Braille literacy displays out for Blindness Awareness Month

Staunton’s TBC identifies blindness as a spectrum and provides resources to bridge the joy in a book.
Published: Oct. 4, 2022 at 7:25 PM EDT
Email This Link
Share on Pinterest
Share on LinkedIn

STAUNTON, Va. (WHSV) - The Talking Book Center in Staunton shows there is more than one way to read a book. The blindness awareness display showcases technology that people who are vision-impaired have used throughout the years.

The staff shared that many people are not aware of the service so the display is meant to spotlight braille literacy.

“It’s important, I think, to promote blind awareness in the community and get sort of a community understanding of what it is to be blind in a different reading literacy, navigating the world, and that community, in general, is aware of that the blind community also,” Talking Book Center Supervisor Ilia Dejardins explained.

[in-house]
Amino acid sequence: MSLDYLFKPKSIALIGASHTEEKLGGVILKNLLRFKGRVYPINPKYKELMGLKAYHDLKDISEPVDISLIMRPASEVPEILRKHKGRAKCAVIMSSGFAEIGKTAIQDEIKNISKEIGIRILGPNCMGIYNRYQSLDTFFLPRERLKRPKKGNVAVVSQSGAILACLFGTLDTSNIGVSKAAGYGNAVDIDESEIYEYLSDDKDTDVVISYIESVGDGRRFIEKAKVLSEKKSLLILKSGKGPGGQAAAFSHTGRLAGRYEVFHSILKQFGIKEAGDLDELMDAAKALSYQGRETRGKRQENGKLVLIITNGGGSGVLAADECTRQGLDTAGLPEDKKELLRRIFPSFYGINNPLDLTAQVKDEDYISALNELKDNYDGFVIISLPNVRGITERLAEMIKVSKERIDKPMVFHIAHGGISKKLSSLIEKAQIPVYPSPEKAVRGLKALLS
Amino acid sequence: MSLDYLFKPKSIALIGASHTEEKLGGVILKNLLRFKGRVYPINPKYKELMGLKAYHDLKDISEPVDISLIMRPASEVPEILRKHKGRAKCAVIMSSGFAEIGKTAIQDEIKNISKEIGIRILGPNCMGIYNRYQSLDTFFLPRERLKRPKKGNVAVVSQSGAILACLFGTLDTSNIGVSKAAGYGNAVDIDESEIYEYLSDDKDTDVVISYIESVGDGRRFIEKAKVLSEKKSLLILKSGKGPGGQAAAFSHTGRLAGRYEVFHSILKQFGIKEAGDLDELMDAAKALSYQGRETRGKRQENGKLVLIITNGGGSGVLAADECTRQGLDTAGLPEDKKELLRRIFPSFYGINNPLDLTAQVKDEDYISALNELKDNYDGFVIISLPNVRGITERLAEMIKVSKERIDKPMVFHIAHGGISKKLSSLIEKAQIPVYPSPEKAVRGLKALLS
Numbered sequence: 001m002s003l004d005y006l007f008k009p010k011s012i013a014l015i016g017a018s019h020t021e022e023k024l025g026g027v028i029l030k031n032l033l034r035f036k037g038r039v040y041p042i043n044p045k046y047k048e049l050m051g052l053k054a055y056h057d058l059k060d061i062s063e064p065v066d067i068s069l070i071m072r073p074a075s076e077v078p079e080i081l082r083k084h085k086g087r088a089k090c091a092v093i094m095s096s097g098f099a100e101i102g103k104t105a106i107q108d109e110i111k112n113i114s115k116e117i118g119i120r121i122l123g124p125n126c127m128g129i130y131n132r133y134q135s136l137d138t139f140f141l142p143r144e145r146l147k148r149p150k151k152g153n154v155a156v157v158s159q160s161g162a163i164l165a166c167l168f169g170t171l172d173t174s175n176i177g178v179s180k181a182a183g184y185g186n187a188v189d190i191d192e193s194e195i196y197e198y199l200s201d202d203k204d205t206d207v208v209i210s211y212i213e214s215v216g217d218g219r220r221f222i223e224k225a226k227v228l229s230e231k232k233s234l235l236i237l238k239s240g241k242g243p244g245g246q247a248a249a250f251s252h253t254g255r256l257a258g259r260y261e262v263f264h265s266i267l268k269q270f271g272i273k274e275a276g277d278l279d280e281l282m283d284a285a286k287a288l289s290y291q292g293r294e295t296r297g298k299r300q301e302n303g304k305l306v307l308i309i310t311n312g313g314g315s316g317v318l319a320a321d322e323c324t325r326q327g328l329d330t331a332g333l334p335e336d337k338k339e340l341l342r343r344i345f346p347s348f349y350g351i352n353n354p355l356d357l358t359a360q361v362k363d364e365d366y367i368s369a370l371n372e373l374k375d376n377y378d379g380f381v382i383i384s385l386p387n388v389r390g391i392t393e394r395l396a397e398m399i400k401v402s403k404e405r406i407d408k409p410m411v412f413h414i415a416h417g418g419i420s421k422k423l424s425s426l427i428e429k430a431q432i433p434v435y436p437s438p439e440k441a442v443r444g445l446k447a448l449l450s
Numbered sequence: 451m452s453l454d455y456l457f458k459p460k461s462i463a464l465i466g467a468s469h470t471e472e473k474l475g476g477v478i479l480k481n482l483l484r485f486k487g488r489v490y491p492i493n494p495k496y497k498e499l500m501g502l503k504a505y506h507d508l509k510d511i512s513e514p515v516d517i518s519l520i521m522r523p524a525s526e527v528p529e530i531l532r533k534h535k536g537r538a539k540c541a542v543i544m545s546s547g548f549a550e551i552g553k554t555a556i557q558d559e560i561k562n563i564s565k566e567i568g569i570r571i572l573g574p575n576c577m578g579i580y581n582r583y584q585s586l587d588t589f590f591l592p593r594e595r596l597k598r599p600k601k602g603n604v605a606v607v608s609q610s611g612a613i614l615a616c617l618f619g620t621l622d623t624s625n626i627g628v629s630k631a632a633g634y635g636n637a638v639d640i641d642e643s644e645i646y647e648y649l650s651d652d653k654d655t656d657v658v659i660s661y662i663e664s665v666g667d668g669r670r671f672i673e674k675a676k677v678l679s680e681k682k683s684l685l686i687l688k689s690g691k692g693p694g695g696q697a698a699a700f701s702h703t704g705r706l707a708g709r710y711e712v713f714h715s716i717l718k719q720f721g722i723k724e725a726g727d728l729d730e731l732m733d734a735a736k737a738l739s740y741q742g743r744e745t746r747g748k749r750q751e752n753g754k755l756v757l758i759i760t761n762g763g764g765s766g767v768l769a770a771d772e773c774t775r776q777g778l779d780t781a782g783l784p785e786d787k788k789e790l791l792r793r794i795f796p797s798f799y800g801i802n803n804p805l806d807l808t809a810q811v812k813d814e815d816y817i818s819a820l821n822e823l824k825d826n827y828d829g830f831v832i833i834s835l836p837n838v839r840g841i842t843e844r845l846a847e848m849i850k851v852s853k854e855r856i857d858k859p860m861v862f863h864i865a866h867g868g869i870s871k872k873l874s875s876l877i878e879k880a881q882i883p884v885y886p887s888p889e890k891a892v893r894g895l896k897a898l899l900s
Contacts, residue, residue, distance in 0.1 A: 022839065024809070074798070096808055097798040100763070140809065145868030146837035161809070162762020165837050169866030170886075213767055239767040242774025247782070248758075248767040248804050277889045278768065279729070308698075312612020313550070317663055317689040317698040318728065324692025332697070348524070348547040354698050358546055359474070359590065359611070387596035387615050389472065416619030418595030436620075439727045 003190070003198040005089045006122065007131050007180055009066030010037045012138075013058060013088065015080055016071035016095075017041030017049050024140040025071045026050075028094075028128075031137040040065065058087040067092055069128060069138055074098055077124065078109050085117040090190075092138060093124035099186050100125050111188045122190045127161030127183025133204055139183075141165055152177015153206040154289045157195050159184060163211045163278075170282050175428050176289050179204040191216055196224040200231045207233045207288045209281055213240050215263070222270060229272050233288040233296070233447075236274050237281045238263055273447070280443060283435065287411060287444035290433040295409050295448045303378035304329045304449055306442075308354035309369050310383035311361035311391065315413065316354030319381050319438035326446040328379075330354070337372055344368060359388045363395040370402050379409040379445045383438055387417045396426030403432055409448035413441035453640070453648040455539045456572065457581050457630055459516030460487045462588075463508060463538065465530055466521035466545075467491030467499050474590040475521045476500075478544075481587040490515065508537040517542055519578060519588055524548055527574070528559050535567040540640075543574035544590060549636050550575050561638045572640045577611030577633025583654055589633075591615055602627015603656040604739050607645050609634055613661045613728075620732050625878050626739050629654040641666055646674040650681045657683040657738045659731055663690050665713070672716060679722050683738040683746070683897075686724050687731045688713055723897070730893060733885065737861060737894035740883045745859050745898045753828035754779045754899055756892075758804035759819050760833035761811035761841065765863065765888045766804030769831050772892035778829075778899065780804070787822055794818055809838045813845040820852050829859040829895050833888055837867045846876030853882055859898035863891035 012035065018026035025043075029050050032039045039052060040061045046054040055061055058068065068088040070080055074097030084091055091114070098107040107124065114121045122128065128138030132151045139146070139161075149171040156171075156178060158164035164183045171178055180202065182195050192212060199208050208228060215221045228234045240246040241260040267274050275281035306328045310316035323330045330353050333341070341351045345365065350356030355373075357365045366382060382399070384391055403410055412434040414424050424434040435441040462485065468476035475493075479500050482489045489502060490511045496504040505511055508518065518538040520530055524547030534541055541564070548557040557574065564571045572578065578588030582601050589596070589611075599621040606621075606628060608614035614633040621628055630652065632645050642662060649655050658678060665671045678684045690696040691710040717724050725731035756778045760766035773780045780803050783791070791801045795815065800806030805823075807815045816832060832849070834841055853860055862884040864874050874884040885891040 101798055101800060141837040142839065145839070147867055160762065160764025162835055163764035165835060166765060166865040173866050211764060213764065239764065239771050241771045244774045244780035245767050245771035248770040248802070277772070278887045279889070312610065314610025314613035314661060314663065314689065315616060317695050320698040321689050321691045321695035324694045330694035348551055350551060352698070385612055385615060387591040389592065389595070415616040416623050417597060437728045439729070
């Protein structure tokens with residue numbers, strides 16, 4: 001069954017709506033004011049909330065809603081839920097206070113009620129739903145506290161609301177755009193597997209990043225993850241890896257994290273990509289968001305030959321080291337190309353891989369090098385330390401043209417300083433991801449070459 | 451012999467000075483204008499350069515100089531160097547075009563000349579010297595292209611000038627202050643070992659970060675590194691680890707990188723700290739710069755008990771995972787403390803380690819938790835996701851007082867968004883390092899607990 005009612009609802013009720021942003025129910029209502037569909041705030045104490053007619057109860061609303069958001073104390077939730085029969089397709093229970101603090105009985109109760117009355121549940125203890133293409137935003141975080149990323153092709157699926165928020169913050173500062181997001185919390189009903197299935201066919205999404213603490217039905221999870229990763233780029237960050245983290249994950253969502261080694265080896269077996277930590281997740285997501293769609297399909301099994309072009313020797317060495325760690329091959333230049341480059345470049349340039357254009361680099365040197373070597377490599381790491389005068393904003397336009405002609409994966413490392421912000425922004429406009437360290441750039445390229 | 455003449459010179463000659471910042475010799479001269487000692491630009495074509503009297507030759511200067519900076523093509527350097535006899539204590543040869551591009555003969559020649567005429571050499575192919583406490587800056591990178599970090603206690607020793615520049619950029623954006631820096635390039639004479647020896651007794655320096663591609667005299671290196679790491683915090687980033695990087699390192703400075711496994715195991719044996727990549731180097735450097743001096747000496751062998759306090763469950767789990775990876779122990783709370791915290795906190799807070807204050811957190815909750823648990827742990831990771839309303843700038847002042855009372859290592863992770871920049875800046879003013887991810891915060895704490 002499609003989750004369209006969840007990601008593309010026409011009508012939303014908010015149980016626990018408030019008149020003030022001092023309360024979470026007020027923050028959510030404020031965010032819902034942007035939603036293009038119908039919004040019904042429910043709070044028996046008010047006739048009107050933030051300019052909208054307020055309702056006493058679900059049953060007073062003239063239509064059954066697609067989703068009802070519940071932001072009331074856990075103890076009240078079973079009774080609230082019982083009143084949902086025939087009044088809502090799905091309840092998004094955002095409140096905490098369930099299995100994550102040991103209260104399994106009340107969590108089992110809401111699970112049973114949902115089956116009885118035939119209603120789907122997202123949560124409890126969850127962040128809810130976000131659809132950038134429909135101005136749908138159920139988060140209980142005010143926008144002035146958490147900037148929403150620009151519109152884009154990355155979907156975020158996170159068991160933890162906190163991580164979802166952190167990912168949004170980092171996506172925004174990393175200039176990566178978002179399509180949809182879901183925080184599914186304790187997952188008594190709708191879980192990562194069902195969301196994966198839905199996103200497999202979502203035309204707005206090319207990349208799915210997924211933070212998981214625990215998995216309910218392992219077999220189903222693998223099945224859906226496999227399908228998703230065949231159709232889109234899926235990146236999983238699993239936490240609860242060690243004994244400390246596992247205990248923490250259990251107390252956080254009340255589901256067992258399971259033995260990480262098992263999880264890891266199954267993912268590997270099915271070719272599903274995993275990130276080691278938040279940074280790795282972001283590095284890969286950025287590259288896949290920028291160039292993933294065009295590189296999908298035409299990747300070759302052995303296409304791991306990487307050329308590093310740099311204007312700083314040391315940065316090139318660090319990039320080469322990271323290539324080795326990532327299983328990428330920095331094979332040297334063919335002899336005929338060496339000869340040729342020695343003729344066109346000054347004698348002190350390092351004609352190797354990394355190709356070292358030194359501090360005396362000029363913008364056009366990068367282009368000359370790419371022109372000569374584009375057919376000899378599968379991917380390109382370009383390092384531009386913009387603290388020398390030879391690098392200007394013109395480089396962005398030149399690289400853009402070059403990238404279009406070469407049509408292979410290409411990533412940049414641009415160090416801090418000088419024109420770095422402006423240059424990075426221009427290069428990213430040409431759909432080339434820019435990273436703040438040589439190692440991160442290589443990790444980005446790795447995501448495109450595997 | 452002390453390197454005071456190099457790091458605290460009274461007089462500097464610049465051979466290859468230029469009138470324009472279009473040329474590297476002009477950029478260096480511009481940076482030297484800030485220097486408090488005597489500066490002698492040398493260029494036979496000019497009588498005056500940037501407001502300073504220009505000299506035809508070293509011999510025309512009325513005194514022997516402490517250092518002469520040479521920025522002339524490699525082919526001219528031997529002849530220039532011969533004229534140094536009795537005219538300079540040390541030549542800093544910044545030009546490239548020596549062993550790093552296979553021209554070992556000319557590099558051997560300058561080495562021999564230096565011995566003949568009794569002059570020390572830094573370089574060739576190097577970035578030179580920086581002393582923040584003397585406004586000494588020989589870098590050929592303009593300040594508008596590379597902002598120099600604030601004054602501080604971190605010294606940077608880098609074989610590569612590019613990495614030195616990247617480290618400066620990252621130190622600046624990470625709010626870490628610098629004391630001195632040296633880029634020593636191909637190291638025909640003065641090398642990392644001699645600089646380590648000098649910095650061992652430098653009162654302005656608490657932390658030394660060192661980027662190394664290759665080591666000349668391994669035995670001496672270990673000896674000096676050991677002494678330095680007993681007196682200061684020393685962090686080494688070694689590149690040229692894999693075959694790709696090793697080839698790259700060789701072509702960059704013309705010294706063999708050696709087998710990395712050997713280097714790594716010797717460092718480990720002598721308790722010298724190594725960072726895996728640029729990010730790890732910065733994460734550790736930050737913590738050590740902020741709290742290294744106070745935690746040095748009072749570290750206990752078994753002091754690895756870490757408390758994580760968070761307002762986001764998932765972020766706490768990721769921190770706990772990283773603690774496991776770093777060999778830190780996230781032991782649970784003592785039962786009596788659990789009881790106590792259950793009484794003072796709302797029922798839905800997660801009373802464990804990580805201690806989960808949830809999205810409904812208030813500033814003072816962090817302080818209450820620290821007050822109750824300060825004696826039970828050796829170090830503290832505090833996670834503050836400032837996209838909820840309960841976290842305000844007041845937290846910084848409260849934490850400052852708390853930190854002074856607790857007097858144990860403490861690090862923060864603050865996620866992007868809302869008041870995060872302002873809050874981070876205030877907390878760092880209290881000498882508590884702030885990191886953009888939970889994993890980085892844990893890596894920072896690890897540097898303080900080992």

Dejardins points out that her award-winning program serves a wide variety of 300 participants.

“Anyone with macular degeneration retinopathy things of that nature,” Dejardins said. “It’s also for print-disabled, so if somebody would like Parkinson’s, MSMGA, cerebral palsy, so it helps those who can’t physically turn pages.”

Free audio and braille books and magazines have been mailed out for the last 40 years. Staunton’s TBC identifies blindness as a spectrum and provides resources to bridge the joy in a book.

“It’s not the end,” Dejardins asserted. “There are so many different options from screen readers to little gadgets to different things that can help a person remain independent, so it’s not the end, it’s just the start of something new with the new journey and reading.”

Different versions of the display are available all month at public libraries in Staunton, Waynesboro, and Fisherville.